I was hungry for something spicy, and had a few odds an ends lying around, so I decided to make this soup. It is very spicy, but can be made less so by diminishing or leaving out the chili.
I’ll admit this is a bit difficult to write up, because I wasn’t measuring and had to guess how much of what to add, but I think that if you follow the approximate measurements and then adjust to your tastes, you’ll have something very nice.
- cutting board and several size knives
- large soup pot
- small pot
- 3 boneless skinless chicken breasts
- 2 qt chicken stock
- 1/2 white onion
- 1 leek
- 1 bundle spring onion
- 6 cloves of garlic
- 1 bundle cilantro
- 1 bundle basil
- 5 kefir lime leaves
- 3 stalks of lemongrass, or about 2 Tbsp minced, preserved lemongrass (found in tiny jars)
- a large ginger lobe, about 2 inches square or larger
- red and green Thai chili (I’d get about 10 of each, looking for the ones that are fat on one end, but curled and shriveled on the other. If you’re not able to tolerate that much, cut it back to two in the pot and about six in the oil. If you want more and are tickled at the notion of the punishment, add several ghost chilies.)
- baby corn
- 2 heads of bok choi
- button mushrooms, about 1 c.
- 1 tomato
- 5 limes
- bean sprouts
- fish sauce
- a little olive oil
- Vermicelli noodles
- Mince 1/2 the onion, the garlic, ginger. Chop up the cilantro, especially the stems. Pluck the leaves off the Basil. Cut about 1/2 the leek into ringlets. Bisect two of each color chili, discard the seeds, and mince the meat. Pound the lemongrass to release the aromatics, then chop into segments. Cut the tomato into quarters.
- In the large pot, place the chopped onion, leek, garlic, ginger, 1/2 the basil leaves, kefir lime leaves, 1/2 the minced cilantro (stems and leaves), lemongrass, and the chopped chilies. Drizzle with oil and then toss this over medium heat until you can really smell the elements.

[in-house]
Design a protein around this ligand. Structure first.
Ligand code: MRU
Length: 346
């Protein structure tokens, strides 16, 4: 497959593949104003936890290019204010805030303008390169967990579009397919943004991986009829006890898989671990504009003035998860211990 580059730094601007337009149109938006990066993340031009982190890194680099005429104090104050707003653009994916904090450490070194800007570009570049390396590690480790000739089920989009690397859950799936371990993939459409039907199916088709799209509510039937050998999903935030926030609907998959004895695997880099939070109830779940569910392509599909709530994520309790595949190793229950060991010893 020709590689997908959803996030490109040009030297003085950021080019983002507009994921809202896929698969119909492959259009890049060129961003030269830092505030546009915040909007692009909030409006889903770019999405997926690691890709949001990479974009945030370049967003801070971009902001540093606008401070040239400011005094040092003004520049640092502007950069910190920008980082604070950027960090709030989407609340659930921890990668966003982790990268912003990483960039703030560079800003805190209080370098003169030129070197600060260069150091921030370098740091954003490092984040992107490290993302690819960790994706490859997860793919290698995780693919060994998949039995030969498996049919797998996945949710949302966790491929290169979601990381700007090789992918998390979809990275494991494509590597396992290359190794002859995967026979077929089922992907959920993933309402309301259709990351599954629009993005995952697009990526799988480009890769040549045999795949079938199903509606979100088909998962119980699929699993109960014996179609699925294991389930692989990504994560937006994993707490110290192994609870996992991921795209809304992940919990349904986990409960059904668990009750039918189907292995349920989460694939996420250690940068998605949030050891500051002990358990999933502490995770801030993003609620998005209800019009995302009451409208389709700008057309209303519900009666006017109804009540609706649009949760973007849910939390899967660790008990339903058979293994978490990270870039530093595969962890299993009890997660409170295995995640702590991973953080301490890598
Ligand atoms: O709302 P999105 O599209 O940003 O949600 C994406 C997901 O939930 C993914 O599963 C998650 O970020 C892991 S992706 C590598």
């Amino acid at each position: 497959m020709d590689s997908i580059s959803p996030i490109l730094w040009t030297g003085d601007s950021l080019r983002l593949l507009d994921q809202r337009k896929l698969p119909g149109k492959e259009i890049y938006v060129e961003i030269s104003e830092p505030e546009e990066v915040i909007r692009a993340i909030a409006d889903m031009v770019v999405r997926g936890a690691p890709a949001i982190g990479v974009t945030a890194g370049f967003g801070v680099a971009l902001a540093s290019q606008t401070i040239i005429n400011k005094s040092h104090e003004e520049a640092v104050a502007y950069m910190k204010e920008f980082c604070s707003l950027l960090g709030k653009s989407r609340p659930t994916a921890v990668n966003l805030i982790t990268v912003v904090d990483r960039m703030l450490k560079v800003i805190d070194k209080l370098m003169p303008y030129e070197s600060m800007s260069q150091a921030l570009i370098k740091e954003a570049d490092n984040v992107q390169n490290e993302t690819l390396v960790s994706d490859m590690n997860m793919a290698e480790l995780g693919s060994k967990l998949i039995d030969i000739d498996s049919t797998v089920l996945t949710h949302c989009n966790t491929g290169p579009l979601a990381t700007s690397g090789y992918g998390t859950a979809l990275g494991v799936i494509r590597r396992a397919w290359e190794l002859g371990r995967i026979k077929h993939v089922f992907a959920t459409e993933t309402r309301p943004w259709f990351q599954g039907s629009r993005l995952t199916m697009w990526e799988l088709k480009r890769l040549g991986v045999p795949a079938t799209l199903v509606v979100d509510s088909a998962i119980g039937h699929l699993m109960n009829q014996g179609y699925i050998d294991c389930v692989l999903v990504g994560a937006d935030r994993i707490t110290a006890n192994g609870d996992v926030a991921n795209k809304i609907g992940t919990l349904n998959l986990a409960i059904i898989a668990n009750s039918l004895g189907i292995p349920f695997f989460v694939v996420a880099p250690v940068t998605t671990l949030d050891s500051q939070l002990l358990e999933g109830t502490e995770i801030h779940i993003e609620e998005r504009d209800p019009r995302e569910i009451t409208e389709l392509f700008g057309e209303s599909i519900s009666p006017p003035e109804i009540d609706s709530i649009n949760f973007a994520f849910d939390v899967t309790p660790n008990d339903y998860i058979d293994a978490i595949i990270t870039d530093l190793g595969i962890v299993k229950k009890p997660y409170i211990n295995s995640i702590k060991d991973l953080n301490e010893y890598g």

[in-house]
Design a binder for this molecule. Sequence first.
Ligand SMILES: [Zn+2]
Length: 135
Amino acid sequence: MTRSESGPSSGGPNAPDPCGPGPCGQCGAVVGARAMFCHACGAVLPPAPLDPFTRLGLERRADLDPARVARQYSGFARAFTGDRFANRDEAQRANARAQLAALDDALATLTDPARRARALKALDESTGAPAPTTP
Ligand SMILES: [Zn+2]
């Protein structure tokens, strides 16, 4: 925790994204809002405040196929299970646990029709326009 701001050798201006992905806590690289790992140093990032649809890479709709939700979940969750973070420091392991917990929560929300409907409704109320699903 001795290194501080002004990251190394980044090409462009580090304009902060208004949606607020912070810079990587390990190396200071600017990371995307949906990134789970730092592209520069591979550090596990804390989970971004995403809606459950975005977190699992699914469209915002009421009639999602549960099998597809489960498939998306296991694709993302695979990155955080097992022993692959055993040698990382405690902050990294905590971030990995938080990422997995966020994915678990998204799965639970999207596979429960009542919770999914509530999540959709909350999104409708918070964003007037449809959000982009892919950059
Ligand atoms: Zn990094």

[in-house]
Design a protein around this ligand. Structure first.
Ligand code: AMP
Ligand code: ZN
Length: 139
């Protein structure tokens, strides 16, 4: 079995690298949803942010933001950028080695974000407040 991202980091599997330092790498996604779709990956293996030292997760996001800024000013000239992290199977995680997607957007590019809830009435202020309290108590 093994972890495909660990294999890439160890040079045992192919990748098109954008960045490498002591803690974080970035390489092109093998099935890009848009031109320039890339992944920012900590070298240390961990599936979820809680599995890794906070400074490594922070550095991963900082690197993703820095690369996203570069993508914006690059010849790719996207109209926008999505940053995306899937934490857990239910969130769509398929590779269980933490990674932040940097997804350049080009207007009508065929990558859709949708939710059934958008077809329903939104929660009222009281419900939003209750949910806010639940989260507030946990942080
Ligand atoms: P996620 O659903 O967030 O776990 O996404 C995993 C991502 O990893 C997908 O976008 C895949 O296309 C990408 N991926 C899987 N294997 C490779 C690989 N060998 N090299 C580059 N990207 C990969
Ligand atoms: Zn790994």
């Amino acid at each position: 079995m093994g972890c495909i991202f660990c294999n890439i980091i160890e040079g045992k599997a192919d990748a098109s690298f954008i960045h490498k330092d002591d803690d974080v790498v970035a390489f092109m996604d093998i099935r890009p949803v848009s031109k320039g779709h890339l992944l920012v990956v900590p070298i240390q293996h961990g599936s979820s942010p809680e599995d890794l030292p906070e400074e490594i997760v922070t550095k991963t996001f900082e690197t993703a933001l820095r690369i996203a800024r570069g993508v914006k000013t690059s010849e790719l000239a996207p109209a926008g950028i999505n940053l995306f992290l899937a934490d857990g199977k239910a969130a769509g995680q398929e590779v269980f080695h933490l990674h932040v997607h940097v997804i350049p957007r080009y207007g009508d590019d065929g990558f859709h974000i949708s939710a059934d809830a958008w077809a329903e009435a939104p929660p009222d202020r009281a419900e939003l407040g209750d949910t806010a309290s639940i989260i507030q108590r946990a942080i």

- Add chicken stock and chicken breasts. Toss in the tomato. Add the juice of 3 limes. add about a quarter cup of fish sauce.
- When this is boiling, add the mushrooms, corn, and the leaves of the bok choi.
- Allow to boil until the chicken is cooked, then remove the chicken. On the cutting board, shred the chicken and return it to the soup. This will be your opportunity to taste the soup and determine what it needs. It should have a tangy, citrus flavor, but be spicy and richly savory too. If it appears to be missing anything, add more ginger, lemongrass, or fish sauce.You can also add stock cubes or bouillon. Then allow the thing to boil a little longer
- While this is boiling, put the vermicelli noodles in the small pot. Add whatever you like to the water (I usually put a bit of lemongrass and some lime in) and cook through. When done boiling, it’s best to shock the noodles with cold water as they drain in the colander, in order to stop the cooking process.
- While everything is cooking, prepare your condiments. Remove and discard the seeds from all but two of the chilies and mince the meat. Place these into a small dish. Mince the last two chilies whole and add to the same dish. Smother this in about a cup of fish sauce and set aside
- Quarter the remaining limes, mince the green onion and remaining cilantro. On a plate, arrange the lime segments, bean sprouts, cilantro, the remaining basil leaves, and the green onion.
To serve, put a lump of noodles into each bowl. Fill with soup. garnish with a lime segment, a few basil leaves, green onion, cilantro, and been sprouts. Each person can add the chili-infused fish sauce (by spooning out only the oil) to their bowl if they wish. It also keeps very well and becomes hotter as it sits. I also have a lovely jar of Tom Yum Chili Oil that I add to this. This soup can easily be adapted to shrimp, or even thinly sliced pork.